Sixty per cent of companies have suffered an information security breach in the past two years, but only one in...
seven has a coherent information security policy. And, despite the growth of the information economy, one in three organisations still does not see information as a business asset.
These are the stark findings of a major DTI survey revealed by e-minister Patricia Hewitt.
The Information Security Breaches Survey 2000, will reveal that:
The low number of firms with security policies is significant because the survey shows that a formal approach is effective in preventing and minimising breaches. Four out of five firms that had contingency plans to deal with information breaches said the plan was effective, even in the face of a "serious breach".
The survey confirms that the rush to the internet is opening UK firms to increased risk. Seventy per cent of firms with internet access suffered breaches, rising to 90% for firms engaged in EDI or similar online transactions.
The DTI, which commissioned the research, is pushing British Standard 7799 as a starting point for best practice on info-security. However, only 6% of those surveyed could name BS7799, and less than 1% of firms had achieved certification under the c:cure scheme.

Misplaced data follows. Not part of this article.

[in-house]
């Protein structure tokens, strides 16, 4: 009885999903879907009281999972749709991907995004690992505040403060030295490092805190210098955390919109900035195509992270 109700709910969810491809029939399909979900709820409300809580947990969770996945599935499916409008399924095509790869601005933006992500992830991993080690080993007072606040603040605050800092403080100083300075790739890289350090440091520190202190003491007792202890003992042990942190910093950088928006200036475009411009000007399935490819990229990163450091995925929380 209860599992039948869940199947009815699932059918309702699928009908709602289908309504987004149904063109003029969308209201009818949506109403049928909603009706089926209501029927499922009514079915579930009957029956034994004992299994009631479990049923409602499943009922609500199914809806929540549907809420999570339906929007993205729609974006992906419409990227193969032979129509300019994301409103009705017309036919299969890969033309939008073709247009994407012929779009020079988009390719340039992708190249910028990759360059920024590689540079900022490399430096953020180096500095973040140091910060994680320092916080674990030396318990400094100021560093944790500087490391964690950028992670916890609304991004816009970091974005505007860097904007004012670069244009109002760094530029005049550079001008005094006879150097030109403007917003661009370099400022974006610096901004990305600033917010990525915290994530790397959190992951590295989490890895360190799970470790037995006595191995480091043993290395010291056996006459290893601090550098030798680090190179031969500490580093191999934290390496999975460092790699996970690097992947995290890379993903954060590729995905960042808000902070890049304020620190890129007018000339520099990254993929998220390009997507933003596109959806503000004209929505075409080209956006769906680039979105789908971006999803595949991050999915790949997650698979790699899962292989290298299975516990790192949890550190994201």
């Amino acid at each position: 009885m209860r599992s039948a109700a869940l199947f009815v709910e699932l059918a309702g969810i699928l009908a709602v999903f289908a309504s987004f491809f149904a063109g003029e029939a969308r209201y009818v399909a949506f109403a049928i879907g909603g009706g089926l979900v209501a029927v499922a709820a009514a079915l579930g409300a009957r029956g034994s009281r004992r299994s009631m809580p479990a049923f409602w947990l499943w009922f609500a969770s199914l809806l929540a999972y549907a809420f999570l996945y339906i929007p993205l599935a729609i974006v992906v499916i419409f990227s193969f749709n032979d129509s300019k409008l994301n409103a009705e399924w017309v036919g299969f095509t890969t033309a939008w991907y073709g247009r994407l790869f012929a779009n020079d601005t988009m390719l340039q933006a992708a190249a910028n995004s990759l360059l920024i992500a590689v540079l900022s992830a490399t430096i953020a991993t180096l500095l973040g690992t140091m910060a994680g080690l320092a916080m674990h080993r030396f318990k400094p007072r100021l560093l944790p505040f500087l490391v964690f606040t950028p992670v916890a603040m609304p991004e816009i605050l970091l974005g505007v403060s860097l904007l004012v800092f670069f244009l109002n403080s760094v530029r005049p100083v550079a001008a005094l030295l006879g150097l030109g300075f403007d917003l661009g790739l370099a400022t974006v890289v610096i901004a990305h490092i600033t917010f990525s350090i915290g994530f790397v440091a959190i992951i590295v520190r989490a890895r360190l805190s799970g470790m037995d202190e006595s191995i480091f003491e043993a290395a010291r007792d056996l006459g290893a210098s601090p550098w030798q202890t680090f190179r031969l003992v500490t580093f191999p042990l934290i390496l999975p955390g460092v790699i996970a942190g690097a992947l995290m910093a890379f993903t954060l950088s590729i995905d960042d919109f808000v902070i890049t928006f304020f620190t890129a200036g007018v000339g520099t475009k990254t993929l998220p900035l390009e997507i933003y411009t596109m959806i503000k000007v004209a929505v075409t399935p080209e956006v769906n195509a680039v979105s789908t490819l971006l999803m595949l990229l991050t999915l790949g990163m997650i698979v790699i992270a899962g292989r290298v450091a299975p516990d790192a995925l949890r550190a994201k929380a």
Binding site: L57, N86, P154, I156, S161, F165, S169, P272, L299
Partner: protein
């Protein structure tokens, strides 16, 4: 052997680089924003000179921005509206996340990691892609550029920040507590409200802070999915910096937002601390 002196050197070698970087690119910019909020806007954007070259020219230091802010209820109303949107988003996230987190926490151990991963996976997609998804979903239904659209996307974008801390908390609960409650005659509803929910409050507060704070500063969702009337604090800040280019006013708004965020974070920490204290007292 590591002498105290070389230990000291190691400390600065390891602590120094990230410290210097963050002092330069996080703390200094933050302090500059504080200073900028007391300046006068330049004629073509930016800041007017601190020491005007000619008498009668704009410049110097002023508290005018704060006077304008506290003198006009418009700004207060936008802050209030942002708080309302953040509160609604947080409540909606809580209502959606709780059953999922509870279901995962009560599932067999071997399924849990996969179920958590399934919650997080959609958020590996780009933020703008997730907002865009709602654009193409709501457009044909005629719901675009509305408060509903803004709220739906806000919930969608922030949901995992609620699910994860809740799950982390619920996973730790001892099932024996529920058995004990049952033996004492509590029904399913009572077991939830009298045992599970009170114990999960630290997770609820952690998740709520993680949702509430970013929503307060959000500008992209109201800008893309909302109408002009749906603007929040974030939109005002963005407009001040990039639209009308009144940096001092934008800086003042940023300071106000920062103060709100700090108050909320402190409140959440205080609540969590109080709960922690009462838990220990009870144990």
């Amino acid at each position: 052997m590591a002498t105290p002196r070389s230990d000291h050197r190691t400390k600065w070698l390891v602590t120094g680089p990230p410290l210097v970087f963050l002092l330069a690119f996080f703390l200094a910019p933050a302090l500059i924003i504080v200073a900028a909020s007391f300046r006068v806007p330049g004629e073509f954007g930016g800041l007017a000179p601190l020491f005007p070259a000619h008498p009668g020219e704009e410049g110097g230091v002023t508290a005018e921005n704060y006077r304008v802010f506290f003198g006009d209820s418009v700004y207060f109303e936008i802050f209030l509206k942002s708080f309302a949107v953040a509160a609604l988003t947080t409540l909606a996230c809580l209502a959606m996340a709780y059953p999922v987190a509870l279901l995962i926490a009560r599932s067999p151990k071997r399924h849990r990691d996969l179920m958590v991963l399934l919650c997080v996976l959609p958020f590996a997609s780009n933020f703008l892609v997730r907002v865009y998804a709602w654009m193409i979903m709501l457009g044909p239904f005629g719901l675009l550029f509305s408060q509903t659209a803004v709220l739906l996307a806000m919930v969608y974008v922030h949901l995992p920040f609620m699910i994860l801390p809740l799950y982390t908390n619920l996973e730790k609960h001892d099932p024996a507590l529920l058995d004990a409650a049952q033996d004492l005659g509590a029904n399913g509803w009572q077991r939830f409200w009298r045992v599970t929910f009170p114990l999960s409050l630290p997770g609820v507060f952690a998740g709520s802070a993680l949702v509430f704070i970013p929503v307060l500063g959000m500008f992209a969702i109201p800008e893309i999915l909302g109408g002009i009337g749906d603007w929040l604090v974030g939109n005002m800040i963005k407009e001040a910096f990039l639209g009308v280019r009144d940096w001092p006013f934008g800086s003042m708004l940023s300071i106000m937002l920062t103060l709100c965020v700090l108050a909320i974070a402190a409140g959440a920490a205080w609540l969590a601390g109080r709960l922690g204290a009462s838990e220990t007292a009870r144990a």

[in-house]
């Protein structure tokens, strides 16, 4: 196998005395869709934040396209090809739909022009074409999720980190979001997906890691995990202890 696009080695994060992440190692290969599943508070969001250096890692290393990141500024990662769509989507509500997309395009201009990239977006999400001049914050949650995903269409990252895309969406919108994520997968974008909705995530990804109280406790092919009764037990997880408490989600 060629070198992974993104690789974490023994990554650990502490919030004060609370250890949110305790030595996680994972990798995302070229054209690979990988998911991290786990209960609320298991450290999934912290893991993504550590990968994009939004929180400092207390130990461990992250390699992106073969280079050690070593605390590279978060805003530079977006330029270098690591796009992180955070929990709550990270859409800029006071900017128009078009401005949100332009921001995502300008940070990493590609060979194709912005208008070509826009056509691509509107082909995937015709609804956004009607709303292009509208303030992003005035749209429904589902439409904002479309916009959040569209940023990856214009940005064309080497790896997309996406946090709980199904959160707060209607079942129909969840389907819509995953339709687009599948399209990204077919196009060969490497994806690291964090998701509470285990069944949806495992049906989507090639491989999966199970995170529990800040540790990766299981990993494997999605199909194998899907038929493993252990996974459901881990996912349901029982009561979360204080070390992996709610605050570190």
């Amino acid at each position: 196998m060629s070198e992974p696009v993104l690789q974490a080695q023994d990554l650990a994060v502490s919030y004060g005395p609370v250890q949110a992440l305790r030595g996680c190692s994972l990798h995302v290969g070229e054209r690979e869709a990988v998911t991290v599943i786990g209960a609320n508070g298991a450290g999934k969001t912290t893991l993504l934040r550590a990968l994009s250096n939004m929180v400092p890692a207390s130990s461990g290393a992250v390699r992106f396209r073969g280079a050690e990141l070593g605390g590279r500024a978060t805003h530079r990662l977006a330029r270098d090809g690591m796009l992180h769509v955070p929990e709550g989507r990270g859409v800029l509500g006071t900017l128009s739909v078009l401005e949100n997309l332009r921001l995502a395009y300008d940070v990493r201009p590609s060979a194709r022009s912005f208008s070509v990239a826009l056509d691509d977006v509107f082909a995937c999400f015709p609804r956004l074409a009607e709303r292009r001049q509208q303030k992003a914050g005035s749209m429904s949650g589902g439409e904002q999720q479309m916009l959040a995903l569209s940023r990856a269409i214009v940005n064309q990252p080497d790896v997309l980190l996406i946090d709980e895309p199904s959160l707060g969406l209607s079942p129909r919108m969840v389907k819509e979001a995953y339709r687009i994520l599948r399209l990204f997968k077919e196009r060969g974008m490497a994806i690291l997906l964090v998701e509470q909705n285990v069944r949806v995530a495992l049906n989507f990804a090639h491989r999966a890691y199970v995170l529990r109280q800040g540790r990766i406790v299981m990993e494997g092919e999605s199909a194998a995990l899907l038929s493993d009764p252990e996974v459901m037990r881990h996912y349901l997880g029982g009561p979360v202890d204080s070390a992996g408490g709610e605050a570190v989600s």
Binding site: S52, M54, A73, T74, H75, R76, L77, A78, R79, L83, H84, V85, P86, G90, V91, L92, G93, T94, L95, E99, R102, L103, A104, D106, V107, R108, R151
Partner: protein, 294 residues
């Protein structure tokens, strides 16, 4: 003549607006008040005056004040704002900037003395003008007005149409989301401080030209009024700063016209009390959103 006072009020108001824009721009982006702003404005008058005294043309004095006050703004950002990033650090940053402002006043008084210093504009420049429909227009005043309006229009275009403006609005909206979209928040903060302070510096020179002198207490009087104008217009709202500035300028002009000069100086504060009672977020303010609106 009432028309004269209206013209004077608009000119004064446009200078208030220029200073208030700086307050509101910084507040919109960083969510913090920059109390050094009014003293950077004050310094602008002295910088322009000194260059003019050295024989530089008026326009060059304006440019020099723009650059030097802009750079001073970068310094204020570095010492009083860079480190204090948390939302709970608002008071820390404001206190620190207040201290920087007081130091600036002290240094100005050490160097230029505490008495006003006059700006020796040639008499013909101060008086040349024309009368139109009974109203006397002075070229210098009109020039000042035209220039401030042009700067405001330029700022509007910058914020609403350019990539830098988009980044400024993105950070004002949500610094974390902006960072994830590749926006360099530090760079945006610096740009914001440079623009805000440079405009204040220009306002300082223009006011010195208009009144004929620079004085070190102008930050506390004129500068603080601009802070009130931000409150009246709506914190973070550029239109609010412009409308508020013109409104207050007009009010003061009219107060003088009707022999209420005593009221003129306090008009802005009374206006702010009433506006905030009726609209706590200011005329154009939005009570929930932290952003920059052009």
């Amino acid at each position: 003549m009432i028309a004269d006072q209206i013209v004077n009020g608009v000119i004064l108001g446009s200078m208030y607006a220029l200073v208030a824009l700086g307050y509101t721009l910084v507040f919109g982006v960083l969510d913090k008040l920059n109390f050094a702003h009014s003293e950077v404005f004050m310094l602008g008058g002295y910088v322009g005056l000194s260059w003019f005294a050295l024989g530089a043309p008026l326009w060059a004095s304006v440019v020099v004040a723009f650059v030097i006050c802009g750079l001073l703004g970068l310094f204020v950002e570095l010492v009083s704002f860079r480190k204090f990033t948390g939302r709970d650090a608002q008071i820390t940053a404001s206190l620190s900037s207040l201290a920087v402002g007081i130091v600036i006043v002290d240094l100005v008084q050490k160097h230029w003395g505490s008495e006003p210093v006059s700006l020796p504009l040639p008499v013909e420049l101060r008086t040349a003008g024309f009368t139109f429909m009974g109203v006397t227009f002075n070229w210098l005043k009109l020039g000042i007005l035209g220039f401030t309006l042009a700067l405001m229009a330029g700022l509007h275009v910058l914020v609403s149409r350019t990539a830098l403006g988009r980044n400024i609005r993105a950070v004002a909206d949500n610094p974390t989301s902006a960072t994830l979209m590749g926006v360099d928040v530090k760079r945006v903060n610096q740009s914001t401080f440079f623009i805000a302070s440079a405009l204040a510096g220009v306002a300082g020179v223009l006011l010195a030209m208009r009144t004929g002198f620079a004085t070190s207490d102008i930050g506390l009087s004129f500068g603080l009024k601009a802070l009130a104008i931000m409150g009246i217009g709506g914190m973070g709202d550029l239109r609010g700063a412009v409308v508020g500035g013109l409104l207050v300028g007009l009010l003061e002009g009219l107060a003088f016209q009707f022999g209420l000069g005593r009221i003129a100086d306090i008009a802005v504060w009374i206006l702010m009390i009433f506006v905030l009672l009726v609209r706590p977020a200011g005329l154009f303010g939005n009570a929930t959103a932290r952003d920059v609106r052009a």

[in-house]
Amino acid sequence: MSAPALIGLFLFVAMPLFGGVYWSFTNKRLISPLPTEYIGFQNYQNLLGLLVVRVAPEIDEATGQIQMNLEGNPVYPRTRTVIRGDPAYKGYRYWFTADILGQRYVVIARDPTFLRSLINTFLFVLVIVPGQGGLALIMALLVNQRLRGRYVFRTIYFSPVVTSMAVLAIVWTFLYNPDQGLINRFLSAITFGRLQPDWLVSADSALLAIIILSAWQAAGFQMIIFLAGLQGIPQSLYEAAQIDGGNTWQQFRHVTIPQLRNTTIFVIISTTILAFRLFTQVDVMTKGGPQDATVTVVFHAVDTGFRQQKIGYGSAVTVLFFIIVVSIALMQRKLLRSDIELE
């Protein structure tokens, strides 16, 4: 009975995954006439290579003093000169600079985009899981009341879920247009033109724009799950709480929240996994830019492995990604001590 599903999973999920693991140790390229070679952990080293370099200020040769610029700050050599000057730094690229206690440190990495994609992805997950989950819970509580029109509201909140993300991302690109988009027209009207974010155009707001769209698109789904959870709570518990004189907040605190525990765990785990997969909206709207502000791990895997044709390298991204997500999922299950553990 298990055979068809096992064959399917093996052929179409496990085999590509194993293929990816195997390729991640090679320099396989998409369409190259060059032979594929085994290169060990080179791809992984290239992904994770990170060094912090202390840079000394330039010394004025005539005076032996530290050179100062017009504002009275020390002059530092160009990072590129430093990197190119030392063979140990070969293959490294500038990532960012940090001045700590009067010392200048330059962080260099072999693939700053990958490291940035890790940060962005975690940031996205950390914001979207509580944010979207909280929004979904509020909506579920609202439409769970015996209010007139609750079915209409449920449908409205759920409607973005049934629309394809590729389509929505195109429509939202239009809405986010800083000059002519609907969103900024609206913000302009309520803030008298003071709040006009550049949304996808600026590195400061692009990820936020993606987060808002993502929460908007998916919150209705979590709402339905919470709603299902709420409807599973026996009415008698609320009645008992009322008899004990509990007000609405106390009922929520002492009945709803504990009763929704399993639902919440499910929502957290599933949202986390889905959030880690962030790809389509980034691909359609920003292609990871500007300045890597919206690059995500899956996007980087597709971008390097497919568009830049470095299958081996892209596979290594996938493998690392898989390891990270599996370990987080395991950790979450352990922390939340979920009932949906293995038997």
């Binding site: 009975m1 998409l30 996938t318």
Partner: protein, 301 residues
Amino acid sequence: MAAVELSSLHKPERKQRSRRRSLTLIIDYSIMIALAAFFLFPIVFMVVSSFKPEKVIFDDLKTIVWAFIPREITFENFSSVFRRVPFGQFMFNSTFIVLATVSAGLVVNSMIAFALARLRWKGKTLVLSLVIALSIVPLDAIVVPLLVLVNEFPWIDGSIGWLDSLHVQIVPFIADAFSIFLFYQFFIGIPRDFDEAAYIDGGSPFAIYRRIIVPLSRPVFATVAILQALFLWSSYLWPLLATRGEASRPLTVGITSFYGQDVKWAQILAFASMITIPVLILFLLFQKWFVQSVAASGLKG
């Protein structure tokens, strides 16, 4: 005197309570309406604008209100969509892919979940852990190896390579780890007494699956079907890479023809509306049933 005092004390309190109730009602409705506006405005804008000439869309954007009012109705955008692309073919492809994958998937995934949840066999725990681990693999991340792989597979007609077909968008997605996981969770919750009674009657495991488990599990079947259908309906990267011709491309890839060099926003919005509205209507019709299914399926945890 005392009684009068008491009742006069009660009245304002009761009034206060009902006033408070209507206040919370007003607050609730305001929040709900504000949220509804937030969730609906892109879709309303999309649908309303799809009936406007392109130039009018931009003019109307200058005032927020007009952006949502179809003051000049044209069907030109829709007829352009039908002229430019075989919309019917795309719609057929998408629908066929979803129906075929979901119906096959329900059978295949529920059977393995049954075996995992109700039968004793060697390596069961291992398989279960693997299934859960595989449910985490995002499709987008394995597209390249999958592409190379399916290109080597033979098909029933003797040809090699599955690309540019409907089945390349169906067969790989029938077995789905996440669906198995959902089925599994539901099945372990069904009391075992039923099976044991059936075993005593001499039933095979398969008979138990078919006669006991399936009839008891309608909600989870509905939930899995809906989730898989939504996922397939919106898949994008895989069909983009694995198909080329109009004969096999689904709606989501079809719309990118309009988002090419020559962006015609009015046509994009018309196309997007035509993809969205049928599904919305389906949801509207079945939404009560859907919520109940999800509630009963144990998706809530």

Mike Thornton, IT security controller at Rolls Royce, said: "In the past we have said 'we meet BS7799 in all its major areas - so why pay extra to have someone tell us that?'. However, as we move into e-commerce, the big thing is trust. If business partners are accredited with BS7799 or an ISO, you have something to go on."
Thornton said the move to internet technology was changing the security landscape. "In e-business you move away from the citadel approach - protecting the fortress through firewalling and closed systems - e-business brings the opposition, potentially, into your camp."
The report shows that just 2% of serious information breaches are due to unauthorised external access. Robert Temple, head of the IT security unit at British Telecom, said: "Organisations must remember not to expend all their energies on repelling the 'wily hacker' at the expense of ignoring all those people who every day log on to your systems and networks within the firewall. All the evidence suggests that the insider remains the real threat."